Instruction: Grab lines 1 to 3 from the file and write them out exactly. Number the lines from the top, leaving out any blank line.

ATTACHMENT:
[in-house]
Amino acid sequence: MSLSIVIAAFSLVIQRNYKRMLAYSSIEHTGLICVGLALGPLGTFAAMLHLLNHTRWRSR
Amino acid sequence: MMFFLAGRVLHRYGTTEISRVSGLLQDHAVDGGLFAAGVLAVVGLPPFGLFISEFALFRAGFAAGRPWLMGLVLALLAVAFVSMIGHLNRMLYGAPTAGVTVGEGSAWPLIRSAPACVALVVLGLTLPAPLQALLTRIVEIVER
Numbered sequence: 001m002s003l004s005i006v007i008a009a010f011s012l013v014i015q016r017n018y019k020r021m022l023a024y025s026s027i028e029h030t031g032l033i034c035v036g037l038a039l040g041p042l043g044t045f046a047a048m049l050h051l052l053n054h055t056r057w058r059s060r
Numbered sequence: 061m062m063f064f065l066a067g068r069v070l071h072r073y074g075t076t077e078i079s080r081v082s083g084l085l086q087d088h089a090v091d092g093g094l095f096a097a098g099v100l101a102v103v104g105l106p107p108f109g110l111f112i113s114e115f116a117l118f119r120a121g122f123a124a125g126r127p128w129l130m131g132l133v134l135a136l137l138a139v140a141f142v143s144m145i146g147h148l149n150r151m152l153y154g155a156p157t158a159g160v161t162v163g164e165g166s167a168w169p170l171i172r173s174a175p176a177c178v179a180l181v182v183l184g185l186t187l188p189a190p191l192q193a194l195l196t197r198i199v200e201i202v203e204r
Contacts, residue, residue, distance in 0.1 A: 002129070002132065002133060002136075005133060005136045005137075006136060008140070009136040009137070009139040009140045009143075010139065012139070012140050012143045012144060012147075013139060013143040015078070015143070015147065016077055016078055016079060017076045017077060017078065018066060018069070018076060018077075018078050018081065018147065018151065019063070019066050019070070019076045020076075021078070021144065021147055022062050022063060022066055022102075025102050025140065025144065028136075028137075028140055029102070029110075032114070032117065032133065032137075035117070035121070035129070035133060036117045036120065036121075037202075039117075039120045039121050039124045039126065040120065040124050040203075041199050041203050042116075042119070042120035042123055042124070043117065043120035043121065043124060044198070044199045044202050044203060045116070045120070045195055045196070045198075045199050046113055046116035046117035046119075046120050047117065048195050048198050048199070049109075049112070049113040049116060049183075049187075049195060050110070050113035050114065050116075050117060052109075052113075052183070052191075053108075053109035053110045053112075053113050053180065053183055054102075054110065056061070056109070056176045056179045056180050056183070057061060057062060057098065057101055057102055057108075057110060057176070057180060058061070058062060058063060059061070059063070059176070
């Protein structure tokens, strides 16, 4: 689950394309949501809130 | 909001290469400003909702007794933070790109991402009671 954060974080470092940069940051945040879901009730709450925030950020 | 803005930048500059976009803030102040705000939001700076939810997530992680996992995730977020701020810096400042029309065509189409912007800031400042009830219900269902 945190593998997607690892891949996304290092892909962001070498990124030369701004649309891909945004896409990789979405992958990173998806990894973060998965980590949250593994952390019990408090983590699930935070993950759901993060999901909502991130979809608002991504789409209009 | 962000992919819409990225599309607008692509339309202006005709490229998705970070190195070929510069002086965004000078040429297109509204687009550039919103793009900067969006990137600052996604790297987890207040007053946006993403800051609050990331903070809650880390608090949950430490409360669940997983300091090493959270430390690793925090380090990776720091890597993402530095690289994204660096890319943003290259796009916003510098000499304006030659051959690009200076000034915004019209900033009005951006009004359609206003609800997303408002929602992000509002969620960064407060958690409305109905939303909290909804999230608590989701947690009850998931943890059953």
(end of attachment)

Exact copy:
[in-house]
Amino acid sequence: MSLSIVIAAFSLVIQRNYKRMLAYSSIEHTGLICVGLALGPLGTFAAMLHLLNHTRWRSR
Amino acid sequence: MMFFLAGRVLHRYGTTEISRVSGLLQDHAVDGGLFAAGVLAVVGLPPFGLFISEFALFRAGFAAGRPWLMGLVLALLAVAFVSMIGHLNRMLYGAPTAGVTVGEGSAWPLIRSAPACVALVVLGLTLPAPLQALLTRIVEIVER